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Torry for the late post on this one, but if you’re looking for something to do tomorrow afternoon, how about doing some drumming at an African drum class?
Master Teacher Aboubacar Oscar Camara of Guinea West African Drum and Dance Ensemble will be holding a class at the Brew House Space 101 Gallery on Sunday from 1 – 3:30pm.
“We invite all ages to come together here to learn the basics of African drumming.Beginner and intermediate players are welcome.Bring a djembe, conga, doundoun, samban or kenkeni, or borrow one from a friend. (Sorry, we don’t have any drums to loan at this time)
Come and enjoy Mr. Camara’s broad knowledge and supportive teachings of West African rhythms and drumming technique.
$10 for 1 hour lesson, or $15 for 1½ hour lesson
Born in Kindia, Guinea, West Africa, Aboubacar Camara acquired his nickname “Oscar” as a young teenager, while climbing the ranks in government-sponsored dance competitions, winning one “oscar” after another, on his path to national and international fame. Mr. Camara has been the lead dancer and choreographer for the Federal Ballet Troupe of Kindi, and Les Ballets Africains, the nationalballet company of Guinea, Guinea Ballet Sanké and Ensemble Koteba D’Abidjan, in the Ivory Coast. Mr. Camara has toured all of Europe, Asia and the United States, and has danced at the Bolshoi Theater, in Moscow. He performed in movies, stage performances and as lead dancer in the 1984 Los Angeles Olympics opening ceremonies.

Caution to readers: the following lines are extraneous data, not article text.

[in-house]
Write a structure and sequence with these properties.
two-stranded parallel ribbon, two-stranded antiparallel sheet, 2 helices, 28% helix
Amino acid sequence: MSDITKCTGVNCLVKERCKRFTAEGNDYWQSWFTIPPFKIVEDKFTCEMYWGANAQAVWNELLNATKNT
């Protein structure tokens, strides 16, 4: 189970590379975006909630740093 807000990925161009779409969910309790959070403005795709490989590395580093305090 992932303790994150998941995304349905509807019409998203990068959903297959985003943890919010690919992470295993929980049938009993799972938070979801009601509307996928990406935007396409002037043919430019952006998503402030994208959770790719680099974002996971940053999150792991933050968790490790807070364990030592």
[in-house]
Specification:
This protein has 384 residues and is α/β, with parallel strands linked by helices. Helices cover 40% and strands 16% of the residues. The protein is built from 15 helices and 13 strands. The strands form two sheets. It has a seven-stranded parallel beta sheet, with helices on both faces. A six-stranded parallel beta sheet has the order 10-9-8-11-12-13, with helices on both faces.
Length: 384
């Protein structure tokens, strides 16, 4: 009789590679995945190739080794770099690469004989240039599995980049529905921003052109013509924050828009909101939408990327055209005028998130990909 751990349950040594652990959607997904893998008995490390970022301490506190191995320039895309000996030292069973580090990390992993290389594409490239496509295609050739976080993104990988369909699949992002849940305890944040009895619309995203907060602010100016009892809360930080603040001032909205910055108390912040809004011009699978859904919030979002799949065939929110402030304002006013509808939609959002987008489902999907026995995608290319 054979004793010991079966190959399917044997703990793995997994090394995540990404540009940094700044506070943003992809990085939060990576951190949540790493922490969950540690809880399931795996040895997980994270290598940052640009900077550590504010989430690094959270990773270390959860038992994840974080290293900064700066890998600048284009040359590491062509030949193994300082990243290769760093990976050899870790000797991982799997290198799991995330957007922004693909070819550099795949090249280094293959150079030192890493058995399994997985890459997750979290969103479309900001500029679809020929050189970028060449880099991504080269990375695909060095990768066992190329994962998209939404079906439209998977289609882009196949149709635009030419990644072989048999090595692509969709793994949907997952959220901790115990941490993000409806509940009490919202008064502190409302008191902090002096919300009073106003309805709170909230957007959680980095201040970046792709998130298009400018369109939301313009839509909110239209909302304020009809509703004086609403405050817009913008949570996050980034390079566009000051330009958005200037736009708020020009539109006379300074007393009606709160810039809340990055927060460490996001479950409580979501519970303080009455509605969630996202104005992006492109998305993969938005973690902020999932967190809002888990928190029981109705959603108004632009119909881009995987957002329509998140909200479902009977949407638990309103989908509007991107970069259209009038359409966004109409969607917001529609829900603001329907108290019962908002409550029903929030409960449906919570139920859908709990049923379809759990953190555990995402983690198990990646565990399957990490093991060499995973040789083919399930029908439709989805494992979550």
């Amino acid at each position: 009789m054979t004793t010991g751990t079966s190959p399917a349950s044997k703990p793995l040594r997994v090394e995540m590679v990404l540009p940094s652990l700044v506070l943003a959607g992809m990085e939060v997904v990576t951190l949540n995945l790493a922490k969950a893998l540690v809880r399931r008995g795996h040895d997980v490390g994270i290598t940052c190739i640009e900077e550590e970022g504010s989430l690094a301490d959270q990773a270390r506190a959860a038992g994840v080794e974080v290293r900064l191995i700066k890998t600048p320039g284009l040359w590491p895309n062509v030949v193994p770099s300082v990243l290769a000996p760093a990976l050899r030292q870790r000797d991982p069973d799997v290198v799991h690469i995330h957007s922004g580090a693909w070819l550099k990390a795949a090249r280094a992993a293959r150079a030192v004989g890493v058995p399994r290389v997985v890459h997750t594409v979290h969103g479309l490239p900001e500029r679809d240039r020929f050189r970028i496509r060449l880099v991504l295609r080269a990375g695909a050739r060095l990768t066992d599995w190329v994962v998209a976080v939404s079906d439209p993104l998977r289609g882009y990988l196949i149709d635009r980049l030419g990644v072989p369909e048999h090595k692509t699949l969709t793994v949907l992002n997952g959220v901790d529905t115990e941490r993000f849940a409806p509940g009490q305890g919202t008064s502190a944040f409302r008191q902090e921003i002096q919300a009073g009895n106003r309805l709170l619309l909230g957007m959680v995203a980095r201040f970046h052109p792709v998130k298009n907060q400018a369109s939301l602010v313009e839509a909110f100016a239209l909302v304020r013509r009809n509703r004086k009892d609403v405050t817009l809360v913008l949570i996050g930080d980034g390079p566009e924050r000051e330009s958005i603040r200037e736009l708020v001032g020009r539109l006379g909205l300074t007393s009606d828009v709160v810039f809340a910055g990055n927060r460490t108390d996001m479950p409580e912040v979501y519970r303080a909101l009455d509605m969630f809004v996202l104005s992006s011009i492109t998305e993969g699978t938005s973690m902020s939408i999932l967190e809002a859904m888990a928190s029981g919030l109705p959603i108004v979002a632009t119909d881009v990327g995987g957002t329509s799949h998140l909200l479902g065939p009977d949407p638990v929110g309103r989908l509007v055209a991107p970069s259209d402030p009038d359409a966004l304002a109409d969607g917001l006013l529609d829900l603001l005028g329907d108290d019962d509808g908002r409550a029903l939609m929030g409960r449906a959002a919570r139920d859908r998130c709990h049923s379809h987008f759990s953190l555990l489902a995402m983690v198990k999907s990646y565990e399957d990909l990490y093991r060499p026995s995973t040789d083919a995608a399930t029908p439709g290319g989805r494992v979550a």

In 2006, Mr. Camara moved to Pittsburgh and joined Umoja African Arts Company, where he worked for two years. In addition, hehas had many teaching and performing engagements in Pittsburgh and the surrounding area, including a teaching position at Dance Alloy Theater School and many workshops, assemblies and master classes at public and private schools and dance studios.
Currently, Mr. Camara serves as artistic director of Guinea West African Drum and Dance Ensemble, which has performedthroughout the Pittsburgh region. Mr. Camara has taught African drum and dance classes at Your Inner Vagabond Coffee Shop, Falk School, and the Union Project among others.
The Brew House SPACE 101 Gallery is located at 2100 Mary Street @ 21st Street Pittsburgh, PA 15203 (South Side) Continue reading